Claire King from Coronation Street – Q & A


Claire King is best known for her iconic role as Kim Tate in Emmerdale and governor Karen Betts in Bad Girls. She is currently playing Erica Holroyd in Coronation Street. But away from the screen she has also played an important role, caring for her elderly parents.

This Carers Week (12th-18th June) Claire talks about her experience caring for her elderly parents for 20 years and shares some tips that could help make carers lives a little bit easier, including getting a smart meter.

  • Can you tell us about your personal experience of being a carer?

Twenty years ago my father was diagnosed with MS and my mother with rheumatoid arthritis and I started caring for them running errands, going shopping, cooking and sorting out finances. These days my father is bedridden and needs 24/7 professional care, so my brother and I tend to help out more with the financial side, whether it be helping with the bills or just looking at ways to help him save money.

  • What is the hardest part of being a carer?

The hardest part is the long hours, because it’s not a 9-5 job. My father for example needs turning over in the middle of the night, and that sort of task means disrupted sleep for the carer.

It’s also hard juggling all the finances that go with it, and trying to save money in as many ways as possible. What with expenditure on cars, wheelchairs, hoists, larger energy bills, the extra costs of caring can be enormous.

I know from experience that taking on a caring role certainly increases worry about bills, particularly heating. This worry can be compounded if you are on a prepay meter, as many carers are. Not only do you have the additional worry of running out of credit and the electricity suddenly going off, but you may also have to leave the person you’re caring for alone while you go to the shops to top up.

However, there are some things that can make life a bit easier, such as smart meters, which are a particular blessing for those who prepay for their gas and electricity and who might be managing a tight budget.

  • Is caring a rewarding role? 

It is a rewarding thing, to see those people who you love dearly having a quality of life that they wouldn’t necessarily have if you weren’t there.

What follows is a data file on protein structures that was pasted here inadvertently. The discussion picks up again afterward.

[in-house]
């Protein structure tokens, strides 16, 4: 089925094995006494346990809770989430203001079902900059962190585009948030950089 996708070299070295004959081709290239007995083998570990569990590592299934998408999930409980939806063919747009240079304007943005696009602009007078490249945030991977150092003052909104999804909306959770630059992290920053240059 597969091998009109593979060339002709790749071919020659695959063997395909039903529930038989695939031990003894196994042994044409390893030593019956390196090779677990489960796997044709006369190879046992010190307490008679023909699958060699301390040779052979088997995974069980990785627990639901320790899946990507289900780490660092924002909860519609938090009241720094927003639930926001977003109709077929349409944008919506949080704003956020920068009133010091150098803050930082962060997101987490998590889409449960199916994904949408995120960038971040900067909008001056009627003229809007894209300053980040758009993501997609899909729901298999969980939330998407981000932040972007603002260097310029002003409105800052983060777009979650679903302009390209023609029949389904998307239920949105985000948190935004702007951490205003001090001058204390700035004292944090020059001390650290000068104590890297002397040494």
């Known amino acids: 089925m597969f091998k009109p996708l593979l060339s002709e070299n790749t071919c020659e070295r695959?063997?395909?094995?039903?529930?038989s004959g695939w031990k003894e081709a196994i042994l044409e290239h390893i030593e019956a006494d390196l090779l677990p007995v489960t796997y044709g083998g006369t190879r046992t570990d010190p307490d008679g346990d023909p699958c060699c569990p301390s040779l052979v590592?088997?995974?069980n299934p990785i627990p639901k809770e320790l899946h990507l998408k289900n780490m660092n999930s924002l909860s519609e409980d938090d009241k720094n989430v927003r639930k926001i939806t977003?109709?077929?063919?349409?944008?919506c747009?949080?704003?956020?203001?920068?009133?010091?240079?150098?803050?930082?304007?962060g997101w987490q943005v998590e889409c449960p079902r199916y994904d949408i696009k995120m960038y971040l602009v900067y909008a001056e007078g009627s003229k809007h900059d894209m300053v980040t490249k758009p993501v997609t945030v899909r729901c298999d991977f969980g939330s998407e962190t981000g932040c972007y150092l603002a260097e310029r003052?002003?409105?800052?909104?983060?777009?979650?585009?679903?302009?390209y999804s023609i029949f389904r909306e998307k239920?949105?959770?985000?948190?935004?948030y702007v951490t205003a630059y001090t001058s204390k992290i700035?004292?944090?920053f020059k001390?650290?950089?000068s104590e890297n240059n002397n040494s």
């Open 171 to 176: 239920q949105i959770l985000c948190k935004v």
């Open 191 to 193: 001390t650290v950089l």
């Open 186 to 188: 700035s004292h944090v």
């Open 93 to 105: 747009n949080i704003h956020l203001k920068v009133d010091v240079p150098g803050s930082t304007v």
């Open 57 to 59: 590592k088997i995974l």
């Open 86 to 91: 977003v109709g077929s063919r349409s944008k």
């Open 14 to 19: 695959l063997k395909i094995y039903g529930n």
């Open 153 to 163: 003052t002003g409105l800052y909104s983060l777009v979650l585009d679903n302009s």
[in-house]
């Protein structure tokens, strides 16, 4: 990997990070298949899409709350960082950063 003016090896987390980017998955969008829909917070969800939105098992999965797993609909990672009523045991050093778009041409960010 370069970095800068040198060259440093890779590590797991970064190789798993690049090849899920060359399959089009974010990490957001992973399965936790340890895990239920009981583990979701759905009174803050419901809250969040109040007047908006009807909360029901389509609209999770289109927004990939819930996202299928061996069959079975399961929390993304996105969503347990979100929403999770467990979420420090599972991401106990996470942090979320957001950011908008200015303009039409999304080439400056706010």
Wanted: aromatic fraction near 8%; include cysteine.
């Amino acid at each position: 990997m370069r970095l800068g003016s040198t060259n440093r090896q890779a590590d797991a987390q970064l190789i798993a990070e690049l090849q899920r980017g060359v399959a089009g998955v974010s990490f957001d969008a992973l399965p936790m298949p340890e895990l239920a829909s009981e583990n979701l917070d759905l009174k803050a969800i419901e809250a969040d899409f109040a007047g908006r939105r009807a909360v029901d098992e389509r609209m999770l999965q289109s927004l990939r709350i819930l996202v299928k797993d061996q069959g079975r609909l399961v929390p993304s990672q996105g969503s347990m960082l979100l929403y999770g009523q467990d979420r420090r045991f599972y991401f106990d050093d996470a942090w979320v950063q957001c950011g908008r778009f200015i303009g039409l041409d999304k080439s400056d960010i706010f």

• What are your tips for carers?

There are a lot of useful new innovations that weren’t available when I started caring for my parents. A smart meter would definitely have helped – I have one now and it’s great. You can get one from your energy supplier for free and they have lots of extra benefits, particularly for carers who are prepay customers, or who care for people on prepay meters. For example with a smart meter it’s easy to top up your credit via an app, online, or on the phone, meaning that you can top up quickly and easily for yourself, or top up for the people you care for, without having to go out to the shops. You can also see exactly how much credit you have left on a handheld screen, making it easier to keep track of what you are spending, very useful if you’re managing a tight budget.

One other thing I find hugely helpful are accessibility apps – accessibility is a particular problem for wheelchair users like my father, but apps such as It’s Accessible, list places that are accessible to people with mobility issues. These would have been particularly useful to me when caring for my father –  my parents like to go to the horse racing and out for lunch occasionally, so we used to have to find numbers and ring around to ask about suitable access. Now it’s all at your fingertips.

The huge amount of online money advice services available these days, such as energy advice websites and budgeting apps and blogs, would have been a huge help to me in terms of money management and taking advantage of the discounts that are available.